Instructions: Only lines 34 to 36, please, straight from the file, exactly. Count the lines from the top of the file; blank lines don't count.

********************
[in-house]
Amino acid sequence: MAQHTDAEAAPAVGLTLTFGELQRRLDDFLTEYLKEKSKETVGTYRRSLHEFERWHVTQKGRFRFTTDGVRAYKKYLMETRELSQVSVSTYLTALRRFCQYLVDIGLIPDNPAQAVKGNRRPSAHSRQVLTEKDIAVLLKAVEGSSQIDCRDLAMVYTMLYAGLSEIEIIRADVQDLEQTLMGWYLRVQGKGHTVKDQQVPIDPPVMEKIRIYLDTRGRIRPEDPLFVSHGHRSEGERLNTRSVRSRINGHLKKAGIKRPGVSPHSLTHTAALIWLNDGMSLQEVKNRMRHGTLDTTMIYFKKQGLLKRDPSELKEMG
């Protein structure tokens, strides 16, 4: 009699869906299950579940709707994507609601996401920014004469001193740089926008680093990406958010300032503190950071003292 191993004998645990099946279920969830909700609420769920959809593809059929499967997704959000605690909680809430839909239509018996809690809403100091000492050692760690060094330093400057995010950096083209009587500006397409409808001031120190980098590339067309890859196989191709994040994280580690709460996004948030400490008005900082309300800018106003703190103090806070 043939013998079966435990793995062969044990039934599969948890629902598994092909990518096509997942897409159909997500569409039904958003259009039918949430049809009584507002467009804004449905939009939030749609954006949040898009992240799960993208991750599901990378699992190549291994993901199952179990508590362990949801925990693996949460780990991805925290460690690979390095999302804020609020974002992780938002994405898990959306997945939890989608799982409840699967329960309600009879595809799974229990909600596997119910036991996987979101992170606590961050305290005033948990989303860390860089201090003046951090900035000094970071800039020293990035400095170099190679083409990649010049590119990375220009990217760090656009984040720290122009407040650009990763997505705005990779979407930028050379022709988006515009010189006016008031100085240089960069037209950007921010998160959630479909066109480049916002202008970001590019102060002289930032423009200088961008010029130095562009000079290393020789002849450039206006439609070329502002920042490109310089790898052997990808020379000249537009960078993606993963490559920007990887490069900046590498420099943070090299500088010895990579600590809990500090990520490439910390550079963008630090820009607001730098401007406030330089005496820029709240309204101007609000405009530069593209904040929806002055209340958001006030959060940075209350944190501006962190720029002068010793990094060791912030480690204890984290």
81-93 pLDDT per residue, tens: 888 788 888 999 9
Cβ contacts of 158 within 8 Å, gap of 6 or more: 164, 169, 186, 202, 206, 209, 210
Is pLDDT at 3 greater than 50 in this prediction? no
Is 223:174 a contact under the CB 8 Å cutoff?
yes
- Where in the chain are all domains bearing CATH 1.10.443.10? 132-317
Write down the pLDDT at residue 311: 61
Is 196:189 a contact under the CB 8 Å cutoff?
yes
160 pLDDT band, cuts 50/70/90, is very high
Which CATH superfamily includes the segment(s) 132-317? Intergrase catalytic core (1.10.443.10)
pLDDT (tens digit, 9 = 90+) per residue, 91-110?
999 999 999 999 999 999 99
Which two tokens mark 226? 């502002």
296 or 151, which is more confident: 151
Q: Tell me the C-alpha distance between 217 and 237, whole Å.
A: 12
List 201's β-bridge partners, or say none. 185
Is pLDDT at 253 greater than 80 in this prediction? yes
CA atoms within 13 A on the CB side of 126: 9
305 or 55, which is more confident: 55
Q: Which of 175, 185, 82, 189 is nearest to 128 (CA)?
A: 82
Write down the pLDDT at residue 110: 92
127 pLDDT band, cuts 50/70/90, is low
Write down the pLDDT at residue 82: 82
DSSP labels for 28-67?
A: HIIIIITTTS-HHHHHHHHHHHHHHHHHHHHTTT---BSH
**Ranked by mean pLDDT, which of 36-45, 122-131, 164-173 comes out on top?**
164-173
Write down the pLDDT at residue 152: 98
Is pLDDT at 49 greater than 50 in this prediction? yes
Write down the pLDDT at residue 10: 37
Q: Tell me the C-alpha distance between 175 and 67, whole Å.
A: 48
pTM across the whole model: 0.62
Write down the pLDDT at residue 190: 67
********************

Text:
Write down the pLDDT at residue 152: 98
Is pLDDT at 49 greater than 50 in this prediction? yes
Write down the pLDDT at residue 10: 37